What is Venous Disease?
Vein problems occur when valves in the veins become weak or malfunction. Because the valves prevent blood from flowing in the wrong direction (reflux), when they do not work well, blood pools. This forces them to swell, giving them their rope-like and bumpy shape. The increased venous pressure from one faulty valve can lead to further failure of other vein valves and the development of varicose veins. Valves can become abnormal or incompetent for a variety of reasons including trauma, pregnancy, weight gain, or hereditary factors.
Varicose veins commonly appear on the legs as raised, ropy, enlarged veins caused by faulty vein valves. They can cause the legs to swell, throb, or ached and in severe cases, can lead to inflammation, ulceration and even blood clots.
Varicose veins are a progressive disease that can eventually lead to swelling of the ankle, hyperpigmentation (a darkening of skin in the area), ulcerations, bleeding, and chronic venous insufficiency (CVI). It is important to seek medical treatment early to stop the progression of this disease and to achieve the best possible cosmetic results.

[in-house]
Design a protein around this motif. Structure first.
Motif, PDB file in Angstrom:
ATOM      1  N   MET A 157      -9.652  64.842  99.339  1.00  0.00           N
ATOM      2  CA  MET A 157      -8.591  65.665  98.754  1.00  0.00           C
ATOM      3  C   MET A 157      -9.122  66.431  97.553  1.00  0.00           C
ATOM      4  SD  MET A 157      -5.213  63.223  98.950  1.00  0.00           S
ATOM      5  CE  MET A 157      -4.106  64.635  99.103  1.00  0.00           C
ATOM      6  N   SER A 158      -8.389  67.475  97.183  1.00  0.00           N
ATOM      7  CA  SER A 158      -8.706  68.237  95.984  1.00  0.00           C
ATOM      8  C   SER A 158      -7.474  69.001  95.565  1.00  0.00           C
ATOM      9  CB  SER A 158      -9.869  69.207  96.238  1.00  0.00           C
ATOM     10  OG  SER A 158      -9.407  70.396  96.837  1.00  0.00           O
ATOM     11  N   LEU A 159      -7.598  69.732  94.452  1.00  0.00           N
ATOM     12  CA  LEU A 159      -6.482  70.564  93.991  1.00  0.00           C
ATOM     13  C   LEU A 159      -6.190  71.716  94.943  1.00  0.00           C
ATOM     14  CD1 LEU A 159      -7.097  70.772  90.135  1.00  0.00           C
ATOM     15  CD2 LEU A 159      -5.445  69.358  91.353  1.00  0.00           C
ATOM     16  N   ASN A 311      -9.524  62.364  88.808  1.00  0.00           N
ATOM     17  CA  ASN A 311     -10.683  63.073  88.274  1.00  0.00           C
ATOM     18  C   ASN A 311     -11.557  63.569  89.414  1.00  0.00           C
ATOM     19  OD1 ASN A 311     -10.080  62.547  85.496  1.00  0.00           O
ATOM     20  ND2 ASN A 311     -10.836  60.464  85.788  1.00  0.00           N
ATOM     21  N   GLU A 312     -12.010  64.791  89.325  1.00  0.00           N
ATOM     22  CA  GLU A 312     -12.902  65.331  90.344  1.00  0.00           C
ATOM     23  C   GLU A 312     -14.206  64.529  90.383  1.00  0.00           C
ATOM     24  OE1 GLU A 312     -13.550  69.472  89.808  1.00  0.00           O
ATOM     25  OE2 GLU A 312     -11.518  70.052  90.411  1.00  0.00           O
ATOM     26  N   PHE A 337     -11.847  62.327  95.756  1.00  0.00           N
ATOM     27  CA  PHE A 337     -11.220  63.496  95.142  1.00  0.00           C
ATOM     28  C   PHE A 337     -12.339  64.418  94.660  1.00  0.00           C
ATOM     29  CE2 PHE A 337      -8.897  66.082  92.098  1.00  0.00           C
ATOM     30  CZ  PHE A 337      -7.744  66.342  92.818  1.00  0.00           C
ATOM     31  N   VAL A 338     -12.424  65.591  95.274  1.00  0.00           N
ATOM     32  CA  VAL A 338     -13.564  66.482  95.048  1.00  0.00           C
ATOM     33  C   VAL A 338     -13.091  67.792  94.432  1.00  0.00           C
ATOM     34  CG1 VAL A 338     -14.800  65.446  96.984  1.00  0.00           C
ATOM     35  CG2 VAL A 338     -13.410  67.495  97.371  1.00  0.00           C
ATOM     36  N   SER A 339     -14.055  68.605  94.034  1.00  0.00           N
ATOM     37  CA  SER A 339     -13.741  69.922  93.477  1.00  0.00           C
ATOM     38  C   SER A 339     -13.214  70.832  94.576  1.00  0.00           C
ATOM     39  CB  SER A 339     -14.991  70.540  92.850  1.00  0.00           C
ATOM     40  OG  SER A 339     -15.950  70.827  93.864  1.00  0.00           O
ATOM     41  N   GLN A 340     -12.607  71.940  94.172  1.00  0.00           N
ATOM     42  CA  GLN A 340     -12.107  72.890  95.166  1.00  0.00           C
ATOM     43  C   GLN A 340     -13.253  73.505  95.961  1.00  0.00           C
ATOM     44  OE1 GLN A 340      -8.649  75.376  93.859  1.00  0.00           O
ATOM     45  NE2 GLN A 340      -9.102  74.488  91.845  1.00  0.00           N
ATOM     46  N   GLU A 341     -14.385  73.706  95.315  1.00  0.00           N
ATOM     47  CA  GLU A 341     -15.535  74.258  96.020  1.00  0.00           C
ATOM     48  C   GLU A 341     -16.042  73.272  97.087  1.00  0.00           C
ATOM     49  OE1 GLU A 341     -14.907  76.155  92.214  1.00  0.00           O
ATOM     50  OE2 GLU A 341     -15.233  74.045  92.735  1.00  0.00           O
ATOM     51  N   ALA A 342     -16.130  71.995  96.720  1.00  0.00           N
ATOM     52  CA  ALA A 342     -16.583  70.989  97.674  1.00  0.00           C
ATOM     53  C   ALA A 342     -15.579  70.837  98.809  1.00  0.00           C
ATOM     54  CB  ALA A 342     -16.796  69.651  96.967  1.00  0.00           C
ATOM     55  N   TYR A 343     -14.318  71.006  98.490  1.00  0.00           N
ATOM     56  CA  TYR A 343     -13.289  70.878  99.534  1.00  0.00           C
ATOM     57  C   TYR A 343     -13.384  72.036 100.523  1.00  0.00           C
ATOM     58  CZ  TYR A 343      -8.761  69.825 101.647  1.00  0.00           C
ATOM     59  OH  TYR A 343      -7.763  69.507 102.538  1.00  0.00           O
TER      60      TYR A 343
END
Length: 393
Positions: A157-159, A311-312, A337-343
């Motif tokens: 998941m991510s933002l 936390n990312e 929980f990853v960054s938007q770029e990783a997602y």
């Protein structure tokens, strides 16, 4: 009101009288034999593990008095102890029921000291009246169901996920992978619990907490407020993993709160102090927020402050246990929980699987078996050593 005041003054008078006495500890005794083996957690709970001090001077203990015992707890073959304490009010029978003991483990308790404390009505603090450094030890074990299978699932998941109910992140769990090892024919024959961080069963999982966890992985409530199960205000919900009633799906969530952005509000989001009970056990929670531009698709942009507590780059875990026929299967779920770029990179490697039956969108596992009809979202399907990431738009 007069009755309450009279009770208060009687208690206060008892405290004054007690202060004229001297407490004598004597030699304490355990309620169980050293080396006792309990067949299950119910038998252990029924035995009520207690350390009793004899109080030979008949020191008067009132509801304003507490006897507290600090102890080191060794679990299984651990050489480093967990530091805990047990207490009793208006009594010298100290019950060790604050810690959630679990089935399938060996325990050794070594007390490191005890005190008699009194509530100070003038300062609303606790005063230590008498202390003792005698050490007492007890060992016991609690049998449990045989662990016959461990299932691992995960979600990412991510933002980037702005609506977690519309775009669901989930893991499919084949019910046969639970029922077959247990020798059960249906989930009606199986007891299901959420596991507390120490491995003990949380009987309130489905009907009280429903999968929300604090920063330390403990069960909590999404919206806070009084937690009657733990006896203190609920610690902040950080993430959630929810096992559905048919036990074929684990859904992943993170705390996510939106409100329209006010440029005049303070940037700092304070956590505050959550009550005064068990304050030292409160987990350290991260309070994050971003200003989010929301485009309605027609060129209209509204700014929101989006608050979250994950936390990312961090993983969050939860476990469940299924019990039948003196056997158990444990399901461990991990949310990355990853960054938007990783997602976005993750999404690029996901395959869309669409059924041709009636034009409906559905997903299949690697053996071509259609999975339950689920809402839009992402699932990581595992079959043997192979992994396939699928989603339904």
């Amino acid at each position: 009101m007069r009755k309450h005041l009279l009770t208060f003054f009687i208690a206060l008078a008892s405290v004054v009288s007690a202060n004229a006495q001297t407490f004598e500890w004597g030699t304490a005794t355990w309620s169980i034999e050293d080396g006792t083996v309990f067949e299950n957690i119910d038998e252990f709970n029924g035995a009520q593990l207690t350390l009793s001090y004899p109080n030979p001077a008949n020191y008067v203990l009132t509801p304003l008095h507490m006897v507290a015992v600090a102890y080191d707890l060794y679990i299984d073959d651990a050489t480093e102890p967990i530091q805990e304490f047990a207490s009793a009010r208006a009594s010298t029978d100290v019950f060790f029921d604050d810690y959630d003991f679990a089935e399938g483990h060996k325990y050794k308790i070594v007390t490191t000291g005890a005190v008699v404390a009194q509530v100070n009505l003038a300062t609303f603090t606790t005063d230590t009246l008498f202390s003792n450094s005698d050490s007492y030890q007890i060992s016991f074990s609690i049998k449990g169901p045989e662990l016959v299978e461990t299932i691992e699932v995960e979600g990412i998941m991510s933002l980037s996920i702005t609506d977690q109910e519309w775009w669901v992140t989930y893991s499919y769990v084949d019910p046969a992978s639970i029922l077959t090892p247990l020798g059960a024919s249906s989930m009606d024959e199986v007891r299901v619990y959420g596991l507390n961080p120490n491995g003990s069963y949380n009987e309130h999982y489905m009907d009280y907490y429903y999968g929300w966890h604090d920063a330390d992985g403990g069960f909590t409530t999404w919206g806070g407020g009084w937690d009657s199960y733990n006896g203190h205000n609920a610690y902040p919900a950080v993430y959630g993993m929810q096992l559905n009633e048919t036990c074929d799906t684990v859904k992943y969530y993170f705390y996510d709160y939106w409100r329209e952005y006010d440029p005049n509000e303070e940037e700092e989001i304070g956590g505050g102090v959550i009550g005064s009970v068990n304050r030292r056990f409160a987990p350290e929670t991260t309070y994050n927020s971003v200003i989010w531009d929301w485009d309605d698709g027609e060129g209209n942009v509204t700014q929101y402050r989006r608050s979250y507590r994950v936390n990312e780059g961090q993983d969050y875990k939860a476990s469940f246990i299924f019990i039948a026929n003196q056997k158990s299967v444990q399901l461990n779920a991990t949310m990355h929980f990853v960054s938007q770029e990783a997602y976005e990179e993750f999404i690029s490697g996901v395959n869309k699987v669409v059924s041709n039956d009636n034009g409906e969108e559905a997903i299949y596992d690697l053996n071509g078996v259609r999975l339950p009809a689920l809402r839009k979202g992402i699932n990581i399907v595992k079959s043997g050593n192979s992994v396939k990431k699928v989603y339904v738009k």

Spider veins appear as red or purple starbursts on the skin surface and can occur on the face, legs, or ankles. Normally a cosmetic concern, they can itch, burn, or ache and can be found alone or in combination with varicose veins.
Varicose veins are diagnosed by a Duplex Ultrasound, which shows how blood is flowing through blood vessels and measures the speed of the blood flow. It is often used to estimate the diameter of a blood vessel as well as any venous reflux, an indication of varicose veins.